In his Commentary Kinbote mentions Oswin Bretwit, Zemblan former consul in Paris whose surname means ¡°chess intelligence,¡± and his distant relative Ferz Bretwit. Ferz¡¯ is Russian for ¡°chess queen.¡± In ¡°The Gift¡± Fyodor decides to write a biography of N. G. Chernyshevski after reading an article on him in the chess magazine ¡°8 ¡Á 8.¡± The characters of ¡°The Gift¡± include Alexander Yakovlevich Chernyshevski, a Russian ¨¦migr¨¦ who went mad after the suicide of his son Yasha. An American scholar of Russian descent, Professor Vsevolod Botkin went mad and became Shade, Kinbote and Gradus after the suicide of his daughter Nadezhda (Hazel Shade of Kinbote¡¯s commentary). There is a hope (nadezhda) that, when Kinbote completes his work on Shade¡¯s poem and commits suicide (on October 19, 1959, the anniversary of Pushkin¡¯s Lyceum), Botkin, like Count Vorontsov (a target of Pushkin¡¯s epigrams) will be full again.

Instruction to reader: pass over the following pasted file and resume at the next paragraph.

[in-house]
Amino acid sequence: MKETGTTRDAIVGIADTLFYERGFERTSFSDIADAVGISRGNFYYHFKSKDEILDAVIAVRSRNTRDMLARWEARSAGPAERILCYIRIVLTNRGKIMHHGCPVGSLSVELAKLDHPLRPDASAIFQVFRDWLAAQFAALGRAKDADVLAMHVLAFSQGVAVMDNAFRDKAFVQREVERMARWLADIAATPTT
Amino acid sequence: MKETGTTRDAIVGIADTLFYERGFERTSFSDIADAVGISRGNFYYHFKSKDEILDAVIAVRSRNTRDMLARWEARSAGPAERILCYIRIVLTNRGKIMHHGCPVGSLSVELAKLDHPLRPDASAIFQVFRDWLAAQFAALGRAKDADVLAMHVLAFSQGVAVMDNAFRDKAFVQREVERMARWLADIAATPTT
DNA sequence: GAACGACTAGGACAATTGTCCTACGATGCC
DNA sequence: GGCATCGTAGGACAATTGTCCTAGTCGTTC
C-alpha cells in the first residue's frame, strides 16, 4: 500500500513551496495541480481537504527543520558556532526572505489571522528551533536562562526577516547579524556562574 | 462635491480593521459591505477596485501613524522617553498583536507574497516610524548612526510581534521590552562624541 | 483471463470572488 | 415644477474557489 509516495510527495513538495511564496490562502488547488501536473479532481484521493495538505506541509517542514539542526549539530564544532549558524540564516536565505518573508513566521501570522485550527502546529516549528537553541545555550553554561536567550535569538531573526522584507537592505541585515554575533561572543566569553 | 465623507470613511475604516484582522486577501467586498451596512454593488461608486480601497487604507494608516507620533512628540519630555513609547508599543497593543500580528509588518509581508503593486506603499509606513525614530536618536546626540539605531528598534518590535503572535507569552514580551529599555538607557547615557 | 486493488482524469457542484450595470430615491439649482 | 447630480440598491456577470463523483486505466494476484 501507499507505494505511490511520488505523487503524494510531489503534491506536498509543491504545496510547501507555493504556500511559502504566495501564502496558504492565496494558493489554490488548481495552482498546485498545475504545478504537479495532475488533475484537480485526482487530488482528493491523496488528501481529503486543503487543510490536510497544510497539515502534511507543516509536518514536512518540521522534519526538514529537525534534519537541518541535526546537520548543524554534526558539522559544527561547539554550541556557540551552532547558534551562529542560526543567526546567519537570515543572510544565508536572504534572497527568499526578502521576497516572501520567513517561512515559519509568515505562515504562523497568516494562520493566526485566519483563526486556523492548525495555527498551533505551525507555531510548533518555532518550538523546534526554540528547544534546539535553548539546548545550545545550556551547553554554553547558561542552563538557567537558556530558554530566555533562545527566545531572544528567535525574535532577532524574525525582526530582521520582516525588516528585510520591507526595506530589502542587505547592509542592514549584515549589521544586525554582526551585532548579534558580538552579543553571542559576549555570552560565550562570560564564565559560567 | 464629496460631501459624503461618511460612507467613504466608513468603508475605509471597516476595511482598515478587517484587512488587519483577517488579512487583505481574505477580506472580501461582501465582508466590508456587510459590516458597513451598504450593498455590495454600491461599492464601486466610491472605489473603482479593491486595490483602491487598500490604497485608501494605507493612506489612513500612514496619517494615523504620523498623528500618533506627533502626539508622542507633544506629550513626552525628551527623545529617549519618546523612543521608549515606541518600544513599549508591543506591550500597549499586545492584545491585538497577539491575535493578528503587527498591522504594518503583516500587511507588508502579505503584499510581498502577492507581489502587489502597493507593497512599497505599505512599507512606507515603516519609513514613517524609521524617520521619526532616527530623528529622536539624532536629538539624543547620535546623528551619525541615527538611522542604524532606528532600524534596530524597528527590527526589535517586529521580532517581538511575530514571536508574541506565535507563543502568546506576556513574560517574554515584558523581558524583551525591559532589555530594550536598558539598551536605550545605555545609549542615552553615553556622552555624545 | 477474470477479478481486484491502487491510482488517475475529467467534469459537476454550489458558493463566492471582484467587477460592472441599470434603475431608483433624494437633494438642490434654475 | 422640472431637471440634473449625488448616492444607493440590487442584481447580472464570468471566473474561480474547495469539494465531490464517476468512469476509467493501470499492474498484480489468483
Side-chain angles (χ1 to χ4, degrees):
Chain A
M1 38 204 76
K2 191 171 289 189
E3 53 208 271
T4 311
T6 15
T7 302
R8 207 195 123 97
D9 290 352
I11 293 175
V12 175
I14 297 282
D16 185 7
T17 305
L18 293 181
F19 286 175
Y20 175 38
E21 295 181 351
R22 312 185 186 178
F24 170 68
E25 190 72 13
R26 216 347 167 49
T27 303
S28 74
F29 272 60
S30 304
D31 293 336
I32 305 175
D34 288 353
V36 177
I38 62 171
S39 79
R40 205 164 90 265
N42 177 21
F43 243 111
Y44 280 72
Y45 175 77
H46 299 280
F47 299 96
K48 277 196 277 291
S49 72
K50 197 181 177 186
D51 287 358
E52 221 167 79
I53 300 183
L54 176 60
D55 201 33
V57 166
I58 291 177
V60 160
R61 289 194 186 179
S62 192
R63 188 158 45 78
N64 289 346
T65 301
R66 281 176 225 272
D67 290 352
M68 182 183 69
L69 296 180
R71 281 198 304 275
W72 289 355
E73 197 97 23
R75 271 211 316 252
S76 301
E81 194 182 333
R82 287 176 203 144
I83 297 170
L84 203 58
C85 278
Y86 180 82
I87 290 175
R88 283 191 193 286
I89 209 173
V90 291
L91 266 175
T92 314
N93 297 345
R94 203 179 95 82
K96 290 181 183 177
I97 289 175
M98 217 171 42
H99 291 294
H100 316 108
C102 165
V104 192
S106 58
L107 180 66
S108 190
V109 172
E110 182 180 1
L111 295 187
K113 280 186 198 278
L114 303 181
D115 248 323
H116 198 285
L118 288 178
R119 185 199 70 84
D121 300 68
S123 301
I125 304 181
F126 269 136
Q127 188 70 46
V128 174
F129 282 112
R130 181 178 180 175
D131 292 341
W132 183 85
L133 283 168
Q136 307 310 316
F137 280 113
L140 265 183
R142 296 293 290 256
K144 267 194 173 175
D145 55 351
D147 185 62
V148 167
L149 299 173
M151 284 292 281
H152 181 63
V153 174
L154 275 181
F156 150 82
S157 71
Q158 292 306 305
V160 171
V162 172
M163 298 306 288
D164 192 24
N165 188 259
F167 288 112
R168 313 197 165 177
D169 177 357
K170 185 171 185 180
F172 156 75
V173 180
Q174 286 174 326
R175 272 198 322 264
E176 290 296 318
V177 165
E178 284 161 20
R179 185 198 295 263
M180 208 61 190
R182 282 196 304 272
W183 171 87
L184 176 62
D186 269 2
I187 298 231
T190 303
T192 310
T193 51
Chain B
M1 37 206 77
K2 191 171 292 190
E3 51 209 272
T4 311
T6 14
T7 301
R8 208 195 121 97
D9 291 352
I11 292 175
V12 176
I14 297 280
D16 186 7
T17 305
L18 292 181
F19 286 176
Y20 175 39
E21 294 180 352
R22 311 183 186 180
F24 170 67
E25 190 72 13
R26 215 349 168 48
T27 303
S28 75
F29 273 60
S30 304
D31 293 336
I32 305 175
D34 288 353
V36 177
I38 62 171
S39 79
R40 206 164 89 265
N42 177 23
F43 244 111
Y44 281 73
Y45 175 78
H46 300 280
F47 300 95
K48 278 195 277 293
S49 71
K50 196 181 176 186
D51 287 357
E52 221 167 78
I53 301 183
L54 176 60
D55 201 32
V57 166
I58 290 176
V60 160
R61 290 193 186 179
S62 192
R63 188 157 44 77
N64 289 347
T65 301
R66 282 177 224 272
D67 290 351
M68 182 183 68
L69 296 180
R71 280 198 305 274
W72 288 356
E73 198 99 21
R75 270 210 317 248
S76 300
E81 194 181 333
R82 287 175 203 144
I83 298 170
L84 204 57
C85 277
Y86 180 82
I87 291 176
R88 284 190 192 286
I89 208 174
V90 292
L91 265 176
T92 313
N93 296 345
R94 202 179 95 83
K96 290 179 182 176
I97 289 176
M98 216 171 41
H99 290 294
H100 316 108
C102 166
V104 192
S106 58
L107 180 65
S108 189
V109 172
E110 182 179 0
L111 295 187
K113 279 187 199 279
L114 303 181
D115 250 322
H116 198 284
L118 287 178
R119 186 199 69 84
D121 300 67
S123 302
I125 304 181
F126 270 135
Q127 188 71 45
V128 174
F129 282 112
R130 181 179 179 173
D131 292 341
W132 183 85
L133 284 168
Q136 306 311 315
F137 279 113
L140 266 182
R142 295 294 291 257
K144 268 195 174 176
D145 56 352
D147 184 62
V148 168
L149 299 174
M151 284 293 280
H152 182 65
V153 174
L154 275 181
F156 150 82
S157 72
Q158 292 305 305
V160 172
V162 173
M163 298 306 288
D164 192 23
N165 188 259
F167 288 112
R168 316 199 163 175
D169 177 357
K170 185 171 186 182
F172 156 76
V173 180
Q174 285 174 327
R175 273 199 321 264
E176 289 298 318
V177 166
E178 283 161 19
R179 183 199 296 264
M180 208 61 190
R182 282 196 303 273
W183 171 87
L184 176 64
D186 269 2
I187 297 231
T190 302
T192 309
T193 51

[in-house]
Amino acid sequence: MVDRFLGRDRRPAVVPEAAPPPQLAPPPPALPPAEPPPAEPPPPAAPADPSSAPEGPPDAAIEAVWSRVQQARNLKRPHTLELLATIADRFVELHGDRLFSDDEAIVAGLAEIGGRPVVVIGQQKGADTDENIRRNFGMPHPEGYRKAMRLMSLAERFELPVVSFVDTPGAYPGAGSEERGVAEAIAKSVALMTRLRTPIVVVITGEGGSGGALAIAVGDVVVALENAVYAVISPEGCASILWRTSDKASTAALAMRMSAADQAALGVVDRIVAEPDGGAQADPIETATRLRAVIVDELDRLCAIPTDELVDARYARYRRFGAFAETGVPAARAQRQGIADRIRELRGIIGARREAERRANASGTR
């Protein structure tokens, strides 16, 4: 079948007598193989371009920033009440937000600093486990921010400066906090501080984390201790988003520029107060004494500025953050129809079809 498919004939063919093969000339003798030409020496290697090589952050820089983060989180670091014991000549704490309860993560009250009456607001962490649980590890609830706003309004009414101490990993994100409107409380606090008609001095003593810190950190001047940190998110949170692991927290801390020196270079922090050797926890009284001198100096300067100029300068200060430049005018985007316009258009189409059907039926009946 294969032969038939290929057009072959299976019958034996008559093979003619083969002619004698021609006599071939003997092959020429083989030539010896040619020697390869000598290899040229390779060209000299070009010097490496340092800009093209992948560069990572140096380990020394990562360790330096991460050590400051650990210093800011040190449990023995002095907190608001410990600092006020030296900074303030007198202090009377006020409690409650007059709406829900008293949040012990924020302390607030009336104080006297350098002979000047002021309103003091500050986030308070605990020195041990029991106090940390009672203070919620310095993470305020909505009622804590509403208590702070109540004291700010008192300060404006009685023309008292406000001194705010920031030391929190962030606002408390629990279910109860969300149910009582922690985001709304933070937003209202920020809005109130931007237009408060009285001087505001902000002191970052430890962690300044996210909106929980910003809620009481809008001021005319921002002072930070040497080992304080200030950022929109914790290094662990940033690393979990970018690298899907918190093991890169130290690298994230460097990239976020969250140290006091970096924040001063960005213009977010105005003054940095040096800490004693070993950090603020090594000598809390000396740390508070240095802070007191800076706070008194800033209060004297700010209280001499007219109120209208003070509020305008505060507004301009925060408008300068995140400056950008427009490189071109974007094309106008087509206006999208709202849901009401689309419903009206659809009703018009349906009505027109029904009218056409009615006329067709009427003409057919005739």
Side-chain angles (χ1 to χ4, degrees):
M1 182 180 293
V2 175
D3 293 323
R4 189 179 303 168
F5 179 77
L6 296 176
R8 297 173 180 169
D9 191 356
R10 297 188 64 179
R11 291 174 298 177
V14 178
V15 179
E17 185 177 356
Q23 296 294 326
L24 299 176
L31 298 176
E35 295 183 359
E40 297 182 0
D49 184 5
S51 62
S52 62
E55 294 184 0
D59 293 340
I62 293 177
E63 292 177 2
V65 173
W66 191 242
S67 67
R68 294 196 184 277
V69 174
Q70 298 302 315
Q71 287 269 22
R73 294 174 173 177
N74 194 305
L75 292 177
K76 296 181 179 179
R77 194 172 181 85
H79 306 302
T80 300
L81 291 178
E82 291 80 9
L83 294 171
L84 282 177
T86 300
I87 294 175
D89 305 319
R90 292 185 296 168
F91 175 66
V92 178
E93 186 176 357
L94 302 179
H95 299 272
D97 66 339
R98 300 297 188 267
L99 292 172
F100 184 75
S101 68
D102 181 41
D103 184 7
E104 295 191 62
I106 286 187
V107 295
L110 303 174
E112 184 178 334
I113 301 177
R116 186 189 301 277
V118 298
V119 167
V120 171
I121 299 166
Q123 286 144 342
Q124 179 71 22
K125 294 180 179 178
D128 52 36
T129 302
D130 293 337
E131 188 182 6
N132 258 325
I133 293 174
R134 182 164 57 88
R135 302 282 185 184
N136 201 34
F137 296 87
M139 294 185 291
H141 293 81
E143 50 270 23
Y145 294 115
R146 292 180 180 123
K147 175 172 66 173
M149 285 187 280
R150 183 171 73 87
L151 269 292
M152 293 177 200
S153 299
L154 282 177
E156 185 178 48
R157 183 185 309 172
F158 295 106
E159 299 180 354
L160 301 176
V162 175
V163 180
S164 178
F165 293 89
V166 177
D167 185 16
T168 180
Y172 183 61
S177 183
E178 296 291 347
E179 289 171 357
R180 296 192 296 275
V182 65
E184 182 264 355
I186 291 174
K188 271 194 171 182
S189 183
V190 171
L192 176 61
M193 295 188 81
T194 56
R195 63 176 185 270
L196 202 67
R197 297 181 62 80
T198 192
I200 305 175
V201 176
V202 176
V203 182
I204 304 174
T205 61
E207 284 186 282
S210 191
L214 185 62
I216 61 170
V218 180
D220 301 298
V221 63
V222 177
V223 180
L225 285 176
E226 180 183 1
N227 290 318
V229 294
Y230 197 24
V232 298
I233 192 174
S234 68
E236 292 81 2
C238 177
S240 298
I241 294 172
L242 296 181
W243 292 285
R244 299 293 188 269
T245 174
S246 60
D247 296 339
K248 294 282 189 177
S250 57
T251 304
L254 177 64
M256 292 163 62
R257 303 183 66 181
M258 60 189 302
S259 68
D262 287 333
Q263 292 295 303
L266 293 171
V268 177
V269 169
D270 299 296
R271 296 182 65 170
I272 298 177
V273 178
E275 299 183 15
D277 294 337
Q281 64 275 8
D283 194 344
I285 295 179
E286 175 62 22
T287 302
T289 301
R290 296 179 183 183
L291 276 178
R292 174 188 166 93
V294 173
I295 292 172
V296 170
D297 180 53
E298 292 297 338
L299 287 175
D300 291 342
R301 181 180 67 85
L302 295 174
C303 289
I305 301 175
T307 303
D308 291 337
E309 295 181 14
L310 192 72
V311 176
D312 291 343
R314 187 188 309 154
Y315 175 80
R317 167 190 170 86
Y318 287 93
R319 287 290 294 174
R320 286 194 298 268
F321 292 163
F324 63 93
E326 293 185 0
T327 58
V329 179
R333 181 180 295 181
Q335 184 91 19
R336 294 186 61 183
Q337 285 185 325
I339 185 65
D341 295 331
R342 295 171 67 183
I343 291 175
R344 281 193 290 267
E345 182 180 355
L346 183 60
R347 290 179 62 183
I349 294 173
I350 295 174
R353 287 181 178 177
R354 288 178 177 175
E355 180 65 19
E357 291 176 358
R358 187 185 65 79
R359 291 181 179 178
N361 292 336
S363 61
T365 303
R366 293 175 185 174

Alexis Pan = Axel + panis/pains/Spain/spina
Alexis Pan + gender + rus + ad/da = Alexander + penis + Gradus
khlev + Kinbote = khlebnik + veto
Axel ¨C Axel Rex, a character in Laughter in the Dark (1938), the English version of VN¡¯s novel Kamera Obskura (1933)
spina ¨C back
rus ¨C Lat., country; cf. O Rus! Hor. (the epigraph to Chapter Two of Pushkin¡¯s Eugene Onegin)
ad ¨C hell
da ¨C yes
Alexander ¨C Dr Alexander, a character in VN¡¯s novel Bend Sinister (1947)
khlev ¨C stable; Jesus Christ was born among the animals in the stable